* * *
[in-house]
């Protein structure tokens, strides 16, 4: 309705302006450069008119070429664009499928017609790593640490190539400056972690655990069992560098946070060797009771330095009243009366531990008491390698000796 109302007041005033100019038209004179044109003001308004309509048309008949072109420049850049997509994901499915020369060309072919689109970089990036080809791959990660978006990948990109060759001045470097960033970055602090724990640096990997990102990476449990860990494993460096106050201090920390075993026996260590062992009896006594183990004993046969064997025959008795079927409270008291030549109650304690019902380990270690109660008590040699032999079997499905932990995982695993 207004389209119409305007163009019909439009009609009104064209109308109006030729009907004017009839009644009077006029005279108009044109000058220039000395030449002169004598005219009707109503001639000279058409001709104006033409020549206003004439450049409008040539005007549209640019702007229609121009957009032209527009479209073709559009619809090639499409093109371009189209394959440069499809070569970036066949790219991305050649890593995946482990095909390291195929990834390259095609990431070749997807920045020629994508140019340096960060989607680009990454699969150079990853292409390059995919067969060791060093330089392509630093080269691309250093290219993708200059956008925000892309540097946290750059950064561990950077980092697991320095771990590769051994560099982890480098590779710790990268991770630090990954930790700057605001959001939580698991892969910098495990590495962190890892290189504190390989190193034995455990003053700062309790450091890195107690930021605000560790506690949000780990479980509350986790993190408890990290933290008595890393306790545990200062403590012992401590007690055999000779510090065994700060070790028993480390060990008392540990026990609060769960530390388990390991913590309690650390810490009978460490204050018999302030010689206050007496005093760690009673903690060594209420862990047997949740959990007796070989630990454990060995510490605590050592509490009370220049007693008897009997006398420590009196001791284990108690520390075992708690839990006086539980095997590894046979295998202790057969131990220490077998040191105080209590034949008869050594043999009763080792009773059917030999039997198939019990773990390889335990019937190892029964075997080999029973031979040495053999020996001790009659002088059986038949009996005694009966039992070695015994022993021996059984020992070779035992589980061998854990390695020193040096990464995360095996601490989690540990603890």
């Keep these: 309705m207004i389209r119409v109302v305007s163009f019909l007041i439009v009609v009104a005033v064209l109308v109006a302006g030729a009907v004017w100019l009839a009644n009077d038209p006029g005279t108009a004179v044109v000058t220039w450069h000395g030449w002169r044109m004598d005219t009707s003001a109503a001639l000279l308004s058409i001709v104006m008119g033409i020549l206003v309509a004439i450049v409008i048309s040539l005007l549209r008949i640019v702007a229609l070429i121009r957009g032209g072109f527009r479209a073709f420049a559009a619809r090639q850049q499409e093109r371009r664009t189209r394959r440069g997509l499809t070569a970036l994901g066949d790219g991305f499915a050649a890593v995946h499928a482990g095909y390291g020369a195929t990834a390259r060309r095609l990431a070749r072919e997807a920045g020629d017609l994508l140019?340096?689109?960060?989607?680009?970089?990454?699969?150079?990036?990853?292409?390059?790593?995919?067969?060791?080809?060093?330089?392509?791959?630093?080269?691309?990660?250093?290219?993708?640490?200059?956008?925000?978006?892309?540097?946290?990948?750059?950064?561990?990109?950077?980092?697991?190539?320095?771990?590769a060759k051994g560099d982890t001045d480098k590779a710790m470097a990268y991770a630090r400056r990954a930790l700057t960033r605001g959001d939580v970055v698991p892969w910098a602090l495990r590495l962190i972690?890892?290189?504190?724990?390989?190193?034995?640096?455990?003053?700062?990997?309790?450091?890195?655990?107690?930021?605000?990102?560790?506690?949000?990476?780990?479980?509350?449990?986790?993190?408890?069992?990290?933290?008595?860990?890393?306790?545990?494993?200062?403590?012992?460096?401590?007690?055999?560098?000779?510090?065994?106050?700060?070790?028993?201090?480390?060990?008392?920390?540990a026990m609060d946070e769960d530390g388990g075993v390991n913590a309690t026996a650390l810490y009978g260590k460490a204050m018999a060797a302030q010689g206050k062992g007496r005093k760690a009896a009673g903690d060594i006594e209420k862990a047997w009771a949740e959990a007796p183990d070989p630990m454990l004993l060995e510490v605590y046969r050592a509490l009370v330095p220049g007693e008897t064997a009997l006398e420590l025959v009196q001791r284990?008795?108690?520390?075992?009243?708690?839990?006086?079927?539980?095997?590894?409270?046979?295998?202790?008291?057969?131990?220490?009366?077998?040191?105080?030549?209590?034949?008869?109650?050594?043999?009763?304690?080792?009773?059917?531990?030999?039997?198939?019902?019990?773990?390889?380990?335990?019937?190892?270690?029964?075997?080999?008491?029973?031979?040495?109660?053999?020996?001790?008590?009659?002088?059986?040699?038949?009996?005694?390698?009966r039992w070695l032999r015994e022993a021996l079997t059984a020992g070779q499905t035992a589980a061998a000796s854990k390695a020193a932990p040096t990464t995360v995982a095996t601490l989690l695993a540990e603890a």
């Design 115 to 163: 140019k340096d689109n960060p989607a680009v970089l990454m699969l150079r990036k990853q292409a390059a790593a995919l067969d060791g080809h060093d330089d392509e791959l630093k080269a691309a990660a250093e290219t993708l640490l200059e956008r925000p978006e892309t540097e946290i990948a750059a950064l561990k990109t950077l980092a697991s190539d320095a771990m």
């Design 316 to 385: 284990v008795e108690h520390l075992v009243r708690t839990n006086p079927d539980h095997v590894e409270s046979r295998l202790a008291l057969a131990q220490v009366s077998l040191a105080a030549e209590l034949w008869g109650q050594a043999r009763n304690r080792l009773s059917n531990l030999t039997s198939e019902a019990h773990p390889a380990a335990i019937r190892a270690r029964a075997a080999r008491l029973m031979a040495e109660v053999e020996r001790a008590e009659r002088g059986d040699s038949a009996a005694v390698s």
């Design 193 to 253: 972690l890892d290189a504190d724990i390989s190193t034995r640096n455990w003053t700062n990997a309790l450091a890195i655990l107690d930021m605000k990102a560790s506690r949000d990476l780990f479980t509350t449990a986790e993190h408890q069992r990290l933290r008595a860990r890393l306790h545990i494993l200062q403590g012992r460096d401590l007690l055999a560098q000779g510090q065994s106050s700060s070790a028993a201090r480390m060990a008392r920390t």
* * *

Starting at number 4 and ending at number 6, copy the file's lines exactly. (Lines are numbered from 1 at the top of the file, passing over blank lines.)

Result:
């Design 115 to 163: 140019k340096d689109n960060p989607a680009v970089l990454m699969l150079r990036k990853q292409a390059a790593a995919l067969d060791g080809h060093d330089d392509e791959l630093k080269a691309a990660a250093e290219t993708l640490l200059e956008r925000p978006e892309t540097e946290i990948a750059a950064l561990k990109t950077l980092a697991s190539d320095a771990m």
């Design 316 to 385: 284990v008795e108690h520390l075992v009243r708690t839990n006086p079927d539980h095997v590894e409270s046979r295998l202790a008291l057969a131990q220490v009366s077998l040191a105080a030549e209590l034949w008869g109650q050594a043999r009763n304690r080792l009773s059917n531990l030999t039997s198939e019902a019990h773990p390889a380990a335990i019937r190892a270690r029964a075997a080999r008491l029973m031979a040495e109660v053999e020996r001790a008590e009659r002088g059986d040699s038949a009996a005694v390698s």
């Design 193 to 253: 972690l890892d290189a504190d724990i390989s190193t034995r640096n455990w003053t700062n990997a309790l450091a890195i655990l107690d930021m605000k990102a560790s506690r949000d990476l780990f479980t509350t449990a986790e993190h408890q069992r990290l933290r008595a860990r890393l306790h545990i494993l200062q403590g012992r460096d401590l007690l055999a560098q000779g510090q065994s106050s700060s070790a028993a201090r480390m060990a008392r920390t």